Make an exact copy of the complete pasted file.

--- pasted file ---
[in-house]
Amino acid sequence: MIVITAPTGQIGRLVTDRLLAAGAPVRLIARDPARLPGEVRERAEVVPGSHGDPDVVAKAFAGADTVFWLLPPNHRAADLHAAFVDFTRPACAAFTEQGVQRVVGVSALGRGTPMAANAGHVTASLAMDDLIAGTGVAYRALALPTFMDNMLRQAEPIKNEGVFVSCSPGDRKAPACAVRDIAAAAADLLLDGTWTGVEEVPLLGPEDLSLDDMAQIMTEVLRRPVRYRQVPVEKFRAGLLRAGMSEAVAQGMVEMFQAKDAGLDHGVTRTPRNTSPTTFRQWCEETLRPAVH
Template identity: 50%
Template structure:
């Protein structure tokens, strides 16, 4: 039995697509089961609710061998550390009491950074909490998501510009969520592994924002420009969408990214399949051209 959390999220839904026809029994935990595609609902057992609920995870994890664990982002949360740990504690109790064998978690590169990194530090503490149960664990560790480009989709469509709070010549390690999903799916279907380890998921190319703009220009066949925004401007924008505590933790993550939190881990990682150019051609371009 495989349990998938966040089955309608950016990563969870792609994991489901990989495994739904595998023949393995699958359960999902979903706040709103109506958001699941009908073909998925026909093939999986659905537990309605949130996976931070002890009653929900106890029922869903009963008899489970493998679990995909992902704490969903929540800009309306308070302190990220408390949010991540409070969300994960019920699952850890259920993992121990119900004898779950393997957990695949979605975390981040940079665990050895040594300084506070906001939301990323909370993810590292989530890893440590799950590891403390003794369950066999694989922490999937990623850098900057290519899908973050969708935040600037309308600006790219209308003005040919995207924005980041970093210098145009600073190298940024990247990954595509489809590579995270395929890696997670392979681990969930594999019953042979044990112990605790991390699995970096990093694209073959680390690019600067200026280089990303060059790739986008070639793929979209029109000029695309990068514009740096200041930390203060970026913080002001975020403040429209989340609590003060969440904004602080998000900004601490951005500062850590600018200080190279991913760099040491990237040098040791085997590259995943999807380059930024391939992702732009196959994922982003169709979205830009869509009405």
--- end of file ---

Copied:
[in-house]
Amino acid sequence: MIVITAPTGQIGRLVTDRLLAAGAPVRLIARDPARLPGEVRERAEVVPGSHGDPDVVAKAFAGADTVFWLLPPNHRAADLHAAFVDFTRPACAAFTEQGVQRVVGVSALGRGTPMAANAGHVTASLAMDDLIAGTGVAYRALALPTFMDNMLRQAEPIKNEGVFVSCSPGDRKAPACAVRDIAAAAADLLLDGTWTGVEEVPLLGPEDLSLDDMAQIMTEVLRRPVRYRQVPVEKFRAGLLRAGMSEAVAQGMVEMFQAKDAGLDHGVTRTPRNTSPTTFRQWCEETLRPAVH
Template identity: 50%
Template structure:
């Protein structure tokens, strides 16, 4: 039995697509089961609710061998550390009491950074909490998501510009969520592994924002420009969408990214399949051209 959390999220839904026809029994935990595609609902057992609920995870994890664990982002949360740990504690109790064998978690590169990194530090503490149960664990560790480009989709469509709070010549390690999903799916279907380890998921190319703009220009066949925004401007924008505590933790993550939190881990990682150019051609371009 495989349990998938966040089955309608950016990563969870792609994991489901990989495994739904595998023949393995699958359960999902979903706040709103109506958001699941009908073909998925026909093939999986659905537990309605949130996976931070002890009653929900106890029922869903009963008899489970493998679990995909992902704490969903929540800009309306308070302190990220408390949010991540409070969300994960019920699952850890259920993992121990119900004898779950393997957990695949979605975390981040940079665990050895040594300084506070906001939301990323909370993810590292989530890893440590799950590891403390003794369950066999694989922490999937990623850098900057290519899908973050969708935040600037309308600006790219209308003005040919995207924005980041970093210098145009600073190298940024990247990954595509489809590579995270395929890696997670392979681990969930594999019953042979044990112990605790991390699995970096990093694209073959680390690019600067200026280089990303060059790739986008070639793929979209029109000029695309990068514009740096200041930390203060970026913080002001975020403040429209989340609590003060969440904004602080998000900004601490951005500062850590600018200080190279991913760099040491990237040098040791085997590259995943999807380059930024391939992702732009196959994922982003169709979205830009869509009405």